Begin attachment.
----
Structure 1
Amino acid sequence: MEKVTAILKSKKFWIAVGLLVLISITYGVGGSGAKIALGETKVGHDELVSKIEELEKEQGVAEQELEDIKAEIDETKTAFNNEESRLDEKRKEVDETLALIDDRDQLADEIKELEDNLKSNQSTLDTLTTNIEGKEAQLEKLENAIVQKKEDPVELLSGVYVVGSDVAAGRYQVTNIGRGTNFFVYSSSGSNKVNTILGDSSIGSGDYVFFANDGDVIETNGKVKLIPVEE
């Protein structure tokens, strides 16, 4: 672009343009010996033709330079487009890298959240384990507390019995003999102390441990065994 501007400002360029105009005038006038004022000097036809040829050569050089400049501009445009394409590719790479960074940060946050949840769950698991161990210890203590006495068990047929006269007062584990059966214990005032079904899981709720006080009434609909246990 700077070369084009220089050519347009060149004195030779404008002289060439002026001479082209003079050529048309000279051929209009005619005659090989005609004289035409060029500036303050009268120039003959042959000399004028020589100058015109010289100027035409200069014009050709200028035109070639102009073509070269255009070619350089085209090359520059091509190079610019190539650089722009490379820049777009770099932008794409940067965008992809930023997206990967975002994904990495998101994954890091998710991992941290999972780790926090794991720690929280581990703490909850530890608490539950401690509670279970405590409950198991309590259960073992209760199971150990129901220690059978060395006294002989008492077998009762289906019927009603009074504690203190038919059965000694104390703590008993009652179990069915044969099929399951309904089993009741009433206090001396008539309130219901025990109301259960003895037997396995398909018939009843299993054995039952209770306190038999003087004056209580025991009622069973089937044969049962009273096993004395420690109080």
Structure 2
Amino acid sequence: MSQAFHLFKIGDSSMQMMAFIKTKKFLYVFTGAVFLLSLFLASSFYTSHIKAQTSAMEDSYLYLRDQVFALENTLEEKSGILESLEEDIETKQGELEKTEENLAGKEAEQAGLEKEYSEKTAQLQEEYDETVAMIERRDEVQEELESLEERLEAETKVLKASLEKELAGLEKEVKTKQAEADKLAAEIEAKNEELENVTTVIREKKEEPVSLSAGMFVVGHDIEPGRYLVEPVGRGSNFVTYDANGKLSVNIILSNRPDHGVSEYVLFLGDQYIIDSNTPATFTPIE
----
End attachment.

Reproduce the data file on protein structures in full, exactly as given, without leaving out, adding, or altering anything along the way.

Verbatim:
Structure 1
Amino acid sequence: MEKVTAILKSKKFWIAVGLLVLISITYGVGGSGAKIALGETKVGHDELVSKIEELEKEQGVAEQELEDIKAEIDETKTAFNNEESRLDEKRKEVDETLALIDDRDQLADEIKELEDNLKSNQSTLDTLTTNIEGKEAQLEKLENAIVQKKEDPVELLSGVYVVGSDVAAGRYQVTNIGRGTNFFVYSSSGSNKVNTILGDSSIGSGDYVFFANDGDVIETNGKVKLIPVEE
């Protein structure tokens, strides 16, 4: 672009343009010996033709330079487009890298959240384990507390019995003999102390441990065994 501007400002360029105009005038006038004022000097036809040829050569050089400049501009445009394409590719790479960074940060946050949840769950698991161990210890203590006495068990047929006269007062584990059966214990005032079904899981709720006080009434609909246990 700077070369084009220089050519347009060149004195030779404008002289060439002026001479082209003079050529048309000279051929209009005619005659090989005609004289035409060029500036303050009268120039003959042959000399004028020589100058015109010289100027035409200069014009050709200028035109070639102009073509070269255009070619350089085209090359520059091509190079610019190539650089722009490379820049777009770099932008794409940067965008992809930023997206990967975002994904990495998101994954890091998710991992941290999972780790926090794991720690929280581990703490909850530890608490539950401690509670279970405590409950198991309590259960073992209760199971150990129901220690059978060395006294002989008492077998009762289906019927009603009074504690203190038919059965000694104390703590008993009652179990069915044969099929399951309904089993009741009433206090001396008539309130219901025990109301259960003895037997396995398909018939009843299993054995039952209770306190038999003087004056209580025991009622069973089937044969049962009273096993004395420690109080």
Structure 2
Amino acid sequence: MSQAFHLFKIGDSSMQMMAFIKTKKFLYVFTGAVFLLSLFLASSFYTSHIKAQTSAMEDSYLYLRDQVFALENTLEEKSGILESLEEDIETKQGELEKTEENLAGKEAEQAGLEKEYSEKTAQLQEEYDETVAMIERRDEVQEELESLEERLEAETKVLKASLEKELAGLEKEVKTKQAEADKLAAEIEAKNEELENVTTVIREKKEEPVSLSAGMFVVGHDIEPGRYLVEPVGRGSNFVTYDANGKLSVNIILSNRPDHGVSEYVLFLGDQYIIDSNTPATFTPIE